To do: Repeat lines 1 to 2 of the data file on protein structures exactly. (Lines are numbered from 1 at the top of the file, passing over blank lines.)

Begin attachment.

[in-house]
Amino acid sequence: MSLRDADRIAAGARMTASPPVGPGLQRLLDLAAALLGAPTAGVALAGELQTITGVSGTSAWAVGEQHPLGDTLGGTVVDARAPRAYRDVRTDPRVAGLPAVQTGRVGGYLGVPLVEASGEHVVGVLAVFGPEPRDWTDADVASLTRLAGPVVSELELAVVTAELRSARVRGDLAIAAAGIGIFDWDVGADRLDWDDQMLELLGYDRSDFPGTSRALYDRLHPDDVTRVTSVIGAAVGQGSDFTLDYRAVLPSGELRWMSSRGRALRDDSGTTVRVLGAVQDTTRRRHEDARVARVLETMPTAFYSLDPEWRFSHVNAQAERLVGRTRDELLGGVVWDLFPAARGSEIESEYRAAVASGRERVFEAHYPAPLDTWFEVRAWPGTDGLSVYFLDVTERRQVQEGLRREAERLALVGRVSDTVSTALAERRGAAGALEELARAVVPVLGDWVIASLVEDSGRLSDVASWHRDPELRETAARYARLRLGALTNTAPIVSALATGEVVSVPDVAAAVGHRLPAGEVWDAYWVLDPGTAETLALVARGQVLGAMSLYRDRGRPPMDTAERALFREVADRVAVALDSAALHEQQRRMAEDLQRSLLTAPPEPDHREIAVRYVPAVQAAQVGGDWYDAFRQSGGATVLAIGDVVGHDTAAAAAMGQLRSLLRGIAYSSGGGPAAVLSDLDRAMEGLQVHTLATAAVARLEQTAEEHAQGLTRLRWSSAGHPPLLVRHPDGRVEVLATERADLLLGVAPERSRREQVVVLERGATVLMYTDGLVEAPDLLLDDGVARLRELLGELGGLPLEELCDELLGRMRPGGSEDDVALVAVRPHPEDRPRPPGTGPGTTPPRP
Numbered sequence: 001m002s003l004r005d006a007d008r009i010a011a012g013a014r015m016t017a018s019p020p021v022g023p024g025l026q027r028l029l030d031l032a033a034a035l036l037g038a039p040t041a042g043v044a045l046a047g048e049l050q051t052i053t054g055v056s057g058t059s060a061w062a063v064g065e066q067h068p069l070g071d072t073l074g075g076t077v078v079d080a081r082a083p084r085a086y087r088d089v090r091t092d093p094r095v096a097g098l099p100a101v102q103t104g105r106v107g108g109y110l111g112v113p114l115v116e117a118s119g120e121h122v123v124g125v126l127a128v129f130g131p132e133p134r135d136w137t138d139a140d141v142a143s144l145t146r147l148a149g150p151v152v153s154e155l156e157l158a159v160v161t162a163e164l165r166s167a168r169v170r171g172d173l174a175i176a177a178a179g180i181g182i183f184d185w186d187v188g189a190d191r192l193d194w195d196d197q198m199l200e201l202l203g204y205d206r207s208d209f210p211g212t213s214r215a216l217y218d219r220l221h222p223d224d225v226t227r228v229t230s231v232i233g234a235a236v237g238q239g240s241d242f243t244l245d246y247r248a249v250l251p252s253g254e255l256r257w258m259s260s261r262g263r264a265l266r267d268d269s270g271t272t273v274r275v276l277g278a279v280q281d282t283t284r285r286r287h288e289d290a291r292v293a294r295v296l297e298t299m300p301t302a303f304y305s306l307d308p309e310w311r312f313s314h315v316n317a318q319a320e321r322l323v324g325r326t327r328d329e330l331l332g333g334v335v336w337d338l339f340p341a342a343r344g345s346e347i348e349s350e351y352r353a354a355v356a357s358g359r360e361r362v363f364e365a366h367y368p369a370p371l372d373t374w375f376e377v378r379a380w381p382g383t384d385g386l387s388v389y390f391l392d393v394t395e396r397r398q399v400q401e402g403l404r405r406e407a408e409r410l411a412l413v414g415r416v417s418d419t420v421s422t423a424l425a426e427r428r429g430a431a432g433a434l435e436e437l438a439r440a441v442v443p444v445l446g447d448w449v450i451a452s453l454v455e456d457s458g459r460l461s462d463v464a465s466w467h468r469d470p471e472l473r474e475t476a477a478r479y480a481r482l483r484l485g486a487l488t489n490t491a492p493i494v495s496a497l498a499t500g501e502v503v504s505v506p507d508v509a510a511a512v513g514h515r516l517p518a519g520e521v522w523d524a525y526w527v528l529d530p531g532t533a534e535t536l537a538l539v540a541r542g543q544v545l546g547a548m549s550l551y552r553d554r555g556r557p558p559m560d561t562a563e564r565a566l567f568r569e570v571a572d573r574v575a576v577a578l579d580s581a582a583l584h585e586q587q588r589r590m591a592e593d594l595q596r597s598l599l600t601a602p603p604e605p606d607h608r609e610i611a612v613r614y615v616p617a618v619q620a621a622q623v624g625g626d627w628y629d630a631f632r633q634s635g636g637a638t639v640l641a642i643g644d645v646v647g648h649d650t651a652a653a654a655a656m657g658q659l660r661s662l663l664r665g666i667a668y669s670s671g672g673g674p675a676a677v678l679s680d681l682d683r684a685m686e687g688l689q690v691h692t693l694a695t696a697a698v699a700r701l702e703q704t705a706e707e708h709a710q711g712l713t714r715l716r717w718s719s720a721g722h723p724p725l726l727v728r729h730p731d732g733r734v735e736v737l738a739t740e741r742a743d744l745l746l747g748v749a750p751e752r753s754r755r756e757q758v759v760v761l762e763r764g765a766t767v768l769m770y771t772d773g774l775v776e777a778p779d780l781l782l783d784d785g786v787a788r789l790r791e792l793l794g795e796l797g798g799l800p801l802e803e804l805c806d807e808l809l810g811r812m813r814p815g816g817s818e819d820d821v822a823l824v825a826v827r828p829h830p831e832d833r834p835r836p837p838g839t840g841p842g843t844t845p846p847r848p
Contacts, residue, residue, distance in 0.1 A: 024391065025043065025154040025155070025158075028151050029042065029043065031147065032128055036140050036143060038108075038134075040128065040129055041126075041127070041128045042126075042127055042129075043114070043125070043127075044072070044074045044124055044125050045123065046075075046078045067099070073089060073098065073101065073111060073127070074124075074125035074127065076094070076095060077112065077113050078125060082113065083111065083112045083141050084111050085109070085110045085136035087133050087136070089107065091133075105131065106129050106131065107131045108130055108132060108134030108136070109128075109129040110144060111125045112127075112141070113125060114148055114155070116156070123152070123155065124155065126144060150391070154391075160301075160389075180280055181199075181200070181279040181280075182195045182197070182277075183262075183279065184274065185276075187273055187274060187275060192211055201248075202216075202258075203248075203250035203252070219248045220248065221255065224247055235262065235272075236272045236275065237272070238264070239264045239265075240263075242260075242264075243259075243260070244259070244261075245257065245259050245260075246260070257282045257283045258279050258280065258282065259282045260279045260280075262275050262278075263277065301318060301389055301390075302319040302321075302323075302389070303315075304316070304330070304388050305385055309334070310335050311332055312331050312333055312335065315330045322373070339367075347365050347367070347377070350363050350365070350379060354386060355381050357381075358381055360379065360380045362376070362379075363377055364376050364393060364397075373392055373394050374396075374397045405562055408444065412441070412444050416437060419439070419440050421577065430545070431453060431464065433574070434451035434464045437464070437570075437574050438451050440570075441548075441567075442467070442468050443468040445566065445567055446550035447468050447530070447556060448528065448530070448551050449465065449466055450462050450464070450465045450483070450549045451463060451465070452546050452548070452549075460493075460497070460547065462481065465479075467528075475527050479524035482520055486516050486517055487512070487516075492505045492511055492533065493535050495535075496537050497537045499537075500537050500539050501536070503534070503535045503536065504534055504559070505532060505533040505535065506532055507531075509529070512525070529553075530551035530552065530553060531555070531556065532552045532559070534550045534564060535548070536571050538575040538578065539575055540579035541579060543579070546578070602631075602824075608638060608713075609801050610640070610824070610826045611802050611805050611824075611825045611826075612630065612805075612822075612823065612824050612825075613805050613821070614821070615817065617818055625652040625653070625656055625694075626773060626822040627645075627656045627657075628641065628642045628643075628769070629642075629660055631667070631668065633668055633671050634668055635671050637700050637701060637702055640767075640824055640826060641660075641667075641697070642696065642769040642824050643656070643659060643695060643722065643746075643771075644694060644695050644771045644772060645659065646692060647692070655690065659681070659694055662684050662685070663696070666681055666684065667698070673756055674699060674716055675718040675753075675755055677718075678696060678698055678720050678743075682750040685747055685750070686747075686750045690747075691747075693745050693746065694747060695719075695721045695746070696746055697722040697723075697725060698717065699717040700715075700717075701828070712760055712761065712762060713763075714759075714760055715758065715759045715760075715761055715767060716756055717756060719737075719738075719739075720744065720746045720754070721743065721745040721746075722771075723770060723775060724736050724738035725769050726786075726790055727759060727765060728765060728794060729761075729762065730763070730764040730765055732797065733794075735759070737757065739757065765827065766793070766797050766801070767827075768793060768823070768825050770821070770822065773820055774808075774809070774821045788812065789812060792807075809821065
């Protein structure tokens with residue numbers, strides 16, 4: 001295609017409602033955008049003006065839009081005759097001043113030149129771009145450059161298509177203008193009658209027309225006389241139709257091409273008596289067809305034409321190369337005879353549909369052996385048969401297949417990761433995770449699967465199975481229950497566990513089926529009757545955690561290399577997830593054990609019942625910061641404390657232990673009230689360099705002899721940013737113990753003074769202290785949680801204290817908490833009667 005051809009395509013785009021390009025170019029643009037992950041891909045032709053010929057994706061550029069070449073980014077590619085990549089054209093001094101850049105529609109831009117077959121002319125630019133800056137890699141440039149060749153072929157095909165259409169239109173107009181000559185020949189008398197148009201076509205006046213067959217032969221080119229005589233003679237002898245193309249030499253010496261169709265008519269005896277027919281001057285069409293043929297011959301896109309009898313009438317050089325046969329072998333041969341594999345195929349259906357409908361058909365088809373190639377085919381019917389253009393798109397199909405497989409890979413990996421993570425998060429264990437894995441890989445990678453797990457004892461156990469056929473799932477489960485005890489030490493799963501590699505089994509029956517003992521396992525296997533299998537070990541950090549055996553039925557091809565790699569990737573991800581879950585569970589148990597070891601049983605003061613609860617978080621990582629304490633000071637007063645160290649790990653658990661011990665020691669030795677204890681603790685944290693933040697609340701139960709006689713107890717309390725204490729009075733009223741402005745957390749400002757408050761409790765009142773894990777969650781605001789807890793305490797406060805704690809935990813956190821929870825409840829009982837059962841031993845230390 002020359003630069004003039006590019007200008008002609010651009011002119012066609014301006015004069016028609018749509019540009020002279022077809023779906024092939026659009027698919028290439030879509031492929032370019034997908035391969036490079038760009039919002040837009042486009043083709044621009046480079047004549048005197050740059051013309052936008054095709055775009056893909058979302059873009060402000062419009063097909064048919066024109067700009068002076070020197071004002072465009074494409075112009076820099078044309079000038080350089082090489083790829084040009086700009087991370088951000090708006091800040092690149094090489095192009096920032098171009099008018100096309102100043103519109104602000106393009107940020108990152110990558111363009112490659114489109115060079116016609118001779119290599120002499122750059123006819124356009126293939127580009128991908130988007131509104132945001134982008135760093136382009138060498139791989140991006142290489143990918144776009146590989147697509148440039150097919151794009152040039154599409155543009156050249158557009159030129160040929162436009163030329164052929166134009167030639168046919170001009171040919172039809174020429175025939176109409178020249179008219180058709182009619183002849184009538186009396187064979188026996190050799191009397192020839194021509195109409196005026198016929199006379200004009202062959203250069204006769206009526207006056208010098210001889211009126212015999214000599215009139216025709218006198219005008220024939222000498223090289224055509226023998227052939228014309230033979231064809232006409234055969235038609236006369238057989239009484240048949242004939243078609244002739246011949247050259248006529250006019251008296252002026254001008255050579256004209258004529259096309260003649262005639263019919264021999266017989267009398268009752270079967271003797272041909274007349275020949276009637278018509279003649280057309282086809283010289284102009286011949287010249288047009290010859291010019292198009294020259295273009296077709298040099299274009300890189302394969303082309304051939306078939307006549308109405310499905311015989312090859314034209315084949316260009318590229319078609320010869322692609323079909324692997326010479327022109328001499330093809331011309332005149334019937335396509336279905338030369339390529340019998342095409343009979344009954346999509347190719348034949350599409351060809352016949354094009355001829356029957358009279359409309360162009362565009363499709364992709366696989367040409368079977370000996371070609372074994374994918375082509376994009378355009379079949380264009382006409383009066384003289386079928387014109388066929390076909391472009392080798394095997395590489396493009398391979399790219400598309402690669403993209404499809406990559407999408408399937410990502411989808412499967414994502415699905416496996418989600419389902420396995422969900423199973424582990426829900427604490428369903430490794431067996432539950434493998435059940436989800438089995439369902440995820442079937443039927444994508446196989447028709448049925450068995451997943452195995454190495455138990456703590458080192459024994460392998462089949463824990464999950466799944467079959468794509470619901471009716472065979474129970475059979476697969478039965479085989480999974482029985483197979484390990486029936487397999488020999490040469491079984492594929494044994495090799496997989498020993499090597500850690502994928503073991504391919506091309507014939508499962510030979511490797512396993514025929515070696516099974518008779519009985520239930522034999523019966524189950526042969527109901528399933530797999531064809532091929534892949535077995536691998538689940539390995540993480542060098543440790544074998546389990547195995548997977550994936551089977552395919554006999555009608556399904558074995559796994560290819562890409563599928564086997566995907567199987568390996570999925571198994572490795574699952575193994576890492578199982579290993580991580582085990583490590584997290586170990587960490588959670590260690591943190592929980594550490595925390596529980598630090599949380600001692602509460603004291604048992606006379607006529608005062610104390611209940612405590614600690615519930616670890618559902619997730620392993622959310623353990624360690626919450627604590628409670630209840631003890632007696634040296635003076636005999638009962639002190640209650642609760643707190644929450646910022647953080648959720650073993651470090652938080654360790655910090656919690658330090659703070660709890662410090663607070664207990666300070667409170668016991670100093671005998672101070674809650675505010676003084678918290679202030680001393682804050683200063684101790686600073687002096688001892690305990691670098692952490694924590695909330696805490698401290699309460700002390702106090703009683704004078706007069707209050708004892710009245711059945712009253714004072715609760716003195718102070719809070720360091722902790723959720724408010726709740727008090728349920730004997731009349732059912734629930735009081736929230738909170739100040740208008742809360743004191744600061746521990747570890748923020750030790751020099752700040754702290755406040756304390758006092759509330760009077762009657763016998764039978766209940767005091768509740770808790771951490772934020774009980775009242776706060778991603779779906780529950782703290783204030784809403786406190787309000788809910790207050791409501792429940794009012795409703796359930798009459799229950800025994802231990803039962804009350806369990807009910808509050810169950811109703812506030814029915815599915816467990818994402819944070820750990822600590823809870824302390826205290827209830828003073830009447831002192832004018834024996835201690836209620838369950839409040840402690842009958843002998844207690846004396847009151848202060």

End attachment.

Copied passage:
[in-house]
Amino acid sequence: MSLRDADRIAAGARMTASPPVGPGLQRLLDLAAALLGAPTAGVALAGELQTITGVSGTSAWAVGEQHPLGDTLGGTVVDARAPRAYRDVRTDPRVAGLPAVQTGRVGGYLGVPLVEASGEHVVGVLAVFGPEPRDWTDADVASLTRLAGPVVSELELAVVTAELRSARVRGDLAIAAAGIGIFDWDVGADRLDWDDQMLELLGYDRSDFPGTSRALYDRLHPDDVTRVTSVIGAAVGQGSDFTLDYRAVLPSGELRWMSSRGRALRDDSGTTVRVLGAVQDTTRRRHEDARVARVLETMPTAFYSLDPEWRFSHVNAQAERLVGRTRDELLGGVVWDLFPAARGSEIESEYRAAVASGRERVFEAHYPAPLDTWFEVRAWPGTDGLSVYFLDVTERRQVQEGLRREAERLALVGRVSDTVSTALAERRGAAGALEELARAVVPVLGDWVIASLVEDSGRLSDVASWHRDPELRETAARYARLRLGALTNTAPIVSALATGEVVSVPDVAAAVGHRLPAGEVWDAYWVLDPGTAETLALVARGQVLGAMSLYRDRGRPPMDTAERALFREVADRVAVALDSAALHEQQRRMAEDLQRSLLTAPPEPDHREIAVRYVPAVQAAQVGGDWYDAFRQSGGATVLAIGDVVGHDTAAAAAMGQLRSLLRGIAYSSGGGPAAVLSDLDRAMEGLQVHTLATAAVARLEQTAEEHAQGLTRLRWSSAGHPPLLVRHPDGRVEVLATERADLLLGVAPERSRREQVVVLERGATVLMYTDGLVEAPDLLLDDGVARLRELLGELGGLPLEELCDELLGRMRPGGSEDDVALVAVRPHPEDRPRPPGTGPGTTPPRP